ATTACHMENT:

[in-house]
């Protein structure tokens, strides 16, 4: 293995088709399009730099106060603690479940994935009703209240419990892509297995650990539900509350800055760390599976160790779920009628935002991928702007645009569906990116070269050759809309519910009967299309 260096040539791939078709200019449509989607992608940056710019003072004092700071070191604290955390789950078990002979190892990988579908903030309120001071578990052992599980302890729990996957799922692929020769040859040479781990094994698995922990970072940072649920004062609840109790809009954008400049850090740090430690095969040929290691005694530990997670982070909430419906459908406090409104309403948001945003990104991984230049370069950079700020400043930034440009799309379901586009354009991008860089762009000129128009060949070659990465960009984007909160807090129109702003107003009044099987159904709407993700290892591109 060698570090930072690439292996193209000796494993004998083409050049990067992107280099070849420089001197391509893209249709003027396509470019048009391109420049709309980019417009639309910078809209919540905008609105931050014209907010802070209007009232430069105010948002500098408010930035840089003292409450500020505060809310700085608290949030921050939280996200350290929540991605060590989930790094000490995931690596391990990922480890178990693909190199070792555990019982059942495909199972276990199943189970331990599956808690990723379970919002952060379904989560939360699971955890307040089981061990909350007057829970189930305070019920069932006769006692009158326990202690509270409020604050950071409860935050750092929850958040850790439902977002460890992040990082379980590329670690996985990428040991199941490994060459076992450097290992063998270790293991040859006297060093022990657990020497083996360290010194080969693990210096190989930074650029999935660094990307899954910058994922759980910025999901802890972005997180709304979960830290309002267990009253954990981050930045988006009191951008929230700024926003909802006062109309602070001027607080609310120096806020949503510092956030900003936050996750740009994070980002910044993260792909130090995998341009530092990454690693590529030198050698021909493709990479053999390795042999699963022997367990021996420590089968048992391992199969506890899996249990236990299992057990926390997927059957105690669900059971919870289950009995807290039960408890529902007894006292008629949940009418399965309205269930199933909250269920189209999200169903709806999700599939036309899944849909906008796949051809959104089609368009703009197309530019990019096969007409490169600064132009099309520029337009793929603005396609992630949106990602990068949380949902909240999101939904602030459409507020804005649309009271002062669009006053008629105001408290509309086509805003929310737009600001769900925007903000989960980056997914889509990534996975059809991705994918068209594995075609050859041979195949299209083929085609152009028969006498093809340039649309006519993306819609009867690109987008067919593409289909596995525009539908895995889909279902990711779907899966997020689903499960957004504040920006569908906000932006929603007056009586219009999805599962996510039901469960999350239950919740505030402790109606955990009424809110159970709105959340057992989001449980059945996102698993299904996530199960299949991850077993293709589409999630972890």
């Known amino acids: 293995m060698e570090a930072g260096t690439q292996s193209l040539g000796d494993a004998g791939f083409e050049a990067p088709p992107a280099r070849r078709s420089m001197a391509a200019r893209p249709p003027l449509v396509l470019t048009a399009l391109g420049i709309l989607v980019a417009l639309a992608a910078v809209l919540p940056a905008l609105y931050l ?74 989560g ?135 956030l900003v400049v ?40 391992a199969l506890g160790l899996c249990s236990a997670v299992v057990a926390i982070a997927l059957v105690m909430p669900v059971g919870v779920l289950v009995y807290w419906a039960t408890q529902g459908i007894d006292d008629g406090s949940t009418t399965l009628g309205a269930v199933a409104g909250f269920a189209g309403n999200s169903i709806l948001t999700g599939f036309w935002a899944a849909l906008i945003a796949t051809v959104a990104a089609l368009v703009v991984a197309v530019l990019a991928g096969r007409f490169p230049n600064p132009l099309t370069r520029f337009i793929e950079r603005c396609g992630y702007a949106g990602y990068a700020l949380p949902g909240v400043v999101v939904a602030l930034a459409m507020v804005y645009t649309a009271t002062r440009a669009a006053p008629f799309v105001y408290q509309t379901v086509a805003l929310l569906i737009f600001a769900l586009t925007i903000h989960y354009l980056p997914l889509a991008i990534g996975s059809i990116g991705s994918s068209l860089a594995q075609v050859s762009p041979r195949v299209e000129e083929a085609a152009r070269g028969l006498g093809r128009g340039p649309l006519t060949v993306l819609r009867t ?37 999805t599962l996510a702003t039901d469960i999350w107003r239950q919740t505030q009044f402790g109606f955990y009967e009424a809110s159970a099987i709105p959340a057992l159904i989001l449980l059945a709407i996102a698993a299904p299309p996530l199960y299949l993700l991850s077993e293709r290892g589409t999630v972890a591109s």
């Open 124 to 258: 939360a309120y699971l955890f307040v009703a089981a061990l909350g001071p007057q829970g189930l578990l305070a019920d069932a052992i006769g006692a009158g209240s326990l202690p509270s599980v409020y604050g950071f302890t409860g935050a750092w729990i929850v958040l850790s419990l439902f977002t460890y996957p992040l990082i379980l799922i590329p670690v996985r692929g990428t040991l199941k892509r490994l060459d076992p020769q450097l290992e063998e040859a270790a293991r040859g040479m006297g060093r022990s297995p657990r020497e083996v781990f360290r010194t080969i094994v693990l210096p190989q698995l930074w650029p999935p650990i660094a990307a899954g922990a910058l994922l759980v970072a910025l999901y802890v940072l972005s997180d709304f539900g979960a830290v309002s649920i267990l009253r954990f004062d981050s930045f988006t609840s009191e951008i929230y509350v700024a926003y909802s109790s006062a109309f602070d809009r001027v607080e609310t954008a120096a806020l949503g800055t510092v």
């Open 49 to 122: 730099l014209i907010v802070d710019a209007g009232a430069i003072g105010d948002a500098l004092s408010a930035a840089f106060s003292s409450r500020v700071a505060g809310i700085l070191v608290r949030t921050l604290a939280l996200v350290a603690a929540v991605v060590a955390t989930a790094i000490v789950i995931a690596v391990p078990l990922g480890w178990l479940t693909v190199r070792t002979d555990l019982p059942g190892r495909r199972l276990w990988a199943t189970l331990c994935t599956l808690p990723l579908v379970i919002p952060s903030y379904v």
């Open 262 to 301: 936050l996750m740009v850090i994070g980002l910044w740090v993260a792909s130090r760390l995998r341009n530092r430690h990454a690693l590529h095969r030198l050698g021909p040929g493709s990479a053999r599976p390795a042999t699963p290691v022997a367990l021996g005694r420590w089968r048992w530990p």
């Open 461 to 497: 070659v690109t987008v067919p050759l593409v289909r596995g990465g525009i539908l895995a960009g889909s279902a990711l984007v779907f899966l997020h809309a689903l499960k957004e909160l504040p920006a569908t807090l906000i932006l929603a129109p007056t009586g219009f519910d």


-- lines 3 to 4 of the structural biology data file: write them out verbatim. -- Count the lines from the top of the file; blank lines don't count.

């Known amino acids: 293995m060698e570090a930072g260096t690439q292996s193209l040539g000796d494993a004998g791939f083409e050049a990067p088709p992107a280099r070849r078709s420089m001197a391509a200019r893209p249709p003027l449509v396509l470019t048009a399009l391109g420049i709309l989607v980019a417009l639309a992608a910078v809209l919540p940056a905008l609105y931050l ?74 989560g ?135 956030l900003v400049v ?40 391992a199969l506890g160790l899996c249990s236990a997670v299992v057990a926390i982070a997927l059957v105690m909430p669900v059971g919870v779920l289950v009995y807290w419906a039960t408890q529902g459908i007894d006292d008629g406090s949940t009418t399965l009628g309205a269930v199933a409104g909250f269920a189209g309403n999200s169903i709806l948001t999700g599939f036309w935002a899944a849909l906008i945003a796949t051809v959104a990104a089609l368009v703009v991984a197309v530019l990019a991928g096969r007409f490169p230049n600064p132009l099309t370069r520029f337009i793929e950079r603005c396609g992630y702007a949106g990602y990068a700020l949380p949902g909240v400043v999101v939904a602030l930034a459409m507020v804005y645009t649309a009271t002062r440009a669009a006053p008629f799309v105001y408290q509309t379901v086509a805003l929310l569906i737009f600001a769900l586009t925007i903000h989960y354009l980056p997914l889509a991008i990534g996975s059809i990116g991705s994918s068209l860089a594995q075609v050859s762009p041979r195949v299209e000129e083929a085609a152009r070269g028969l006498g093809r128009g340039p649309l006519t060949v993306l819609r009867t ?37 999805t599962l996510a702003t039901d469960i999350w107003r239950q919740t505030q009044f402790g109606f955990y009967e009424a809110s159970a099987i709105p959340a057992l159904i989001l449980l059945a709407i996102a698993a299904p299309p996530l199960y299949l993700l991850s077993e293709r290892g589409t999630v972890a591109s």
């Open 124 to 258: 939360a309120y699971l955890f307040v009703a089981a061990l909350g001071p007057q829970g189930l578990l305070a019920d069932a052992i006769g006692a009158g209240s326990l202690p509270s599980v409020y604050g950071f302890t409860g935050a750092w729990i929850v958040l850790s419990l439902f977002t460890y996957p992040l990082i379980l799922i590329p670690v996985r692929g990428t040991l199941k892509r490994l060459d076992p020769q450097l290992e063998e040859a270790a293991r040859g040479m006297g060093r022990s297995p657990r020497e083996v781990f360290r010194t080969i094994v693990l210096p190989q698995l930074w650029p999935p650990i660094a990307a899954g922990a910058l994922l759980v970072a910025l999901y802890v940072l972005s997180d709304f539900g979960a830290v309002s649920i267990l009253r954990f004062d981050s930045f988006t609840s009191e951008i929230y509350v700024a926003y909802s109790s006062a109309f602070d809009r001027v607080e609310t954008a120096a806020l949503g800055t510092v």